Do you have a particular routine you stick to when it comes to writing?

Al: I’m a night owl, which works out for me because most of the stuff I do is on American office hours. I get up mid-morning typically, I get some breakfast and start working, usually three hours or so ideally, working during business hours. When the office closes, I’ll have dinner in the middle of all this, and if I haven’t had a drink with dinner, which I don’t often do, I’ll generally work in the night a little bit and end up going to bed around one or two in the morning. I try to have the occasional day to myself where I don’t write, I just do the thinking part, and that’s basically because I found out you have to take days off every so often or the day off will take you. I think the write everyday thing, there are certain definitions of write, for sure. There are days where you need to think about nothing, just let your mind where it will, and usually, that’s where a lot of the best ideas come from, you just have to give yourself permission to not think about anything you’re working on, just wander around, do some chores, that sort of thing.

Have you ever encountered the dreaded writer’s block and if so, how did you get past it?

Al: All the time, actually. (laughs) Writer’s block is a real thing but also isn’t. I think it’s like mythologized as a special condition and I think that kind of gives it power when what it really is the ideas just aren’t happening. There are a few ways of that, you can go make a coffee, have a shower, take some time off and get away from the screen. Another thing that can get you out if it is if you have a pressure deadline and if you don’t get something done that day it won’t get done. Honestly, I find the cure for writer’s block for me generally is just that deadline. There comes a point where you can no longer afford the luxury of writer’s block and it’s like at the start of that time you realize you’re right up against it and all seems lost, but I find the adrenaline shakes something loose that’s been percolating. You can also be in a situation where you work and work and work but you’re working on the wrong idea, you end up working on something that has no legs. The moment you realize you’ve gone down the wrong path and you wipe that away is very freeing and usually the work gets done very quickly after that. So I guess the other possible cure for writer’s block is take a really good look at what you’re doing and decide whether you need to scrap it. You might not actually be blocked, just facing a dead end and wondering how to push yourself through this wall that you really don’t have to be up against.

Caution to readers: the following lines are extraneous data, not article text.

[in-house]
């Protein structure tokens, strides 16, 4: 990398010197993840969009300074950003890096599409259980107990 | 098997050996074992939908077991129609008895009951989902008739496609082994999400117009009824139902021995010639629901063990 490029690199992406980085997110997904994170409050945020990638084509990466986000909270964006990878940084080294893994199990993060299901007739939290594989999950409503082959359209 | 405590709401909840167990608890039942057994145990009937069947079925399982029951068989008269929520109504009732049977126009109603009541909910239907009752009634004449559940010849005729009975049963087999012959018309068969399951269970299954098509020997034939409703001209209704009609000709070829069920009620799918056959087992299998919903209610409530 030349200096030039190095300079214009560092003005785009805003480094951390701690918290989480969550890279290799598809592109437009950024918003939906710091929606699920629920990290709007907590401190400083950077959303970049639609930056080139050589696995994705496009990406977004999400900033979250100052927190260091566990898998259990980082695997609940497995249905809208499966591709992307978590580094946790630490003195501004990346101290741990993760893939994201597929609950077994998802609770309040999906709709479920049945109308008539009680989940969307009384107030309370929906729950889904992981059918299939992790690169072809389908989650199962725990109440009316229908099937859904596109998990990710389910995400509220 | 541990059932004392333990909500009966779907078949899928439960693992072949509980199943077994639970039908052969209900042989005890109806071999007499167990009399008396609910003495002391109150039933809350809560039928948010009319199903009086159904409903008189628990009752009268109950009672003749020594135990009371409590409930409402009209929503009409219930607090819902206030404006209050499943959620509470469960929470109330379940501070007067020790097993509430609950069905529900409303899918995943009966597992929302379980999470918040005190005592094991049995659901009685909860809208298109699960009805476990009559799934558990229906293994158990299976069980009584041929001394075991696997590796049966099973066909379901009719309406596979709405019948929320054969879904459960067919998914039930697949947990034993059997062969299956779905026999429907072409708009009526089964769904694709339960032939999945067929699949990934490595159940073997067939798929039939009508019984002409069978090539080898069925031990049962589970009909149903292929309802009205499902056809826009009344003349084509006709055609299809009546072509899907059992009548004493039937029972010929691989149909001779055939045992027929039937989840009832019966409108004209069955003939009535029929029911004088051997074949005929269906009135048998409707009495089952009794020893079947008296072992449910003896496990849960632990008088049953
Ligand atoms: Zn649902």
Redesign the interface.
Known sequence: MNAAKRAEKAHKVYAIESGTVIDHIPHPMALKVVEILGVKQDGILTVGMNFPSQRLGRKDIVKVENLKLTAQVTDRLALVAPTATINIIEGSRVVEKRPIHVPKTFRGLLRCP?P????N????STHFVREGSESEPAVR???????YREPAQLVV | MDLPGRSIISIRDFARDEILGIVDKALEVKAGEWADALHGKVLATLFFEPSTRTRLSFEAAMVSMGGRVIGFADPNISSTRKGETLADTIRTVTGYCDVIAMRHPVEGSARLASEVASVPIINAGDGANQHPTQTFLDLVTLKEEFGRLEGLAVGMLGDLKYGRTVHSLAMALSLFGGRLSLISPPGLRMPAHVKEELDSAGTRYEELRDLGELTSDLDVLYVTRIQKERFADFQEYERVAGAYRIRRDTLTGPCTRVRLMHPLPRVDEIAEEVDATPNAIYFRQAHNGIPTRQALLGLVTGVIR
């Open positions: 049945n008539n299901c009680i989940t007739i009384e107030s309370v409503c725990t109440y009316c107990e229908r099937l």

So what projects are you working on now and what do you have coming up in the future?

Al: Let’s see, obviously there’s Immortal Hulk, there’s a way to go yet on that. There’s Empyre, I’m just in the middle of, getting to the big finale of that in terms of the writing side, there’s something eventually coming out called We Only Find Them When They’re Dead, I’m just mentioning the title, for now, I want to save some of the good stuff for a little down the road. I’m in the 2000 AD free comic book special in May, and that is basically I’m doing a six-page Judge Dredd story with Erica Anderson and it’s the first 2000 AD work I’ve done in a very long time, so that’s quite exciting.

I want to thank Al for taking the time to talk with us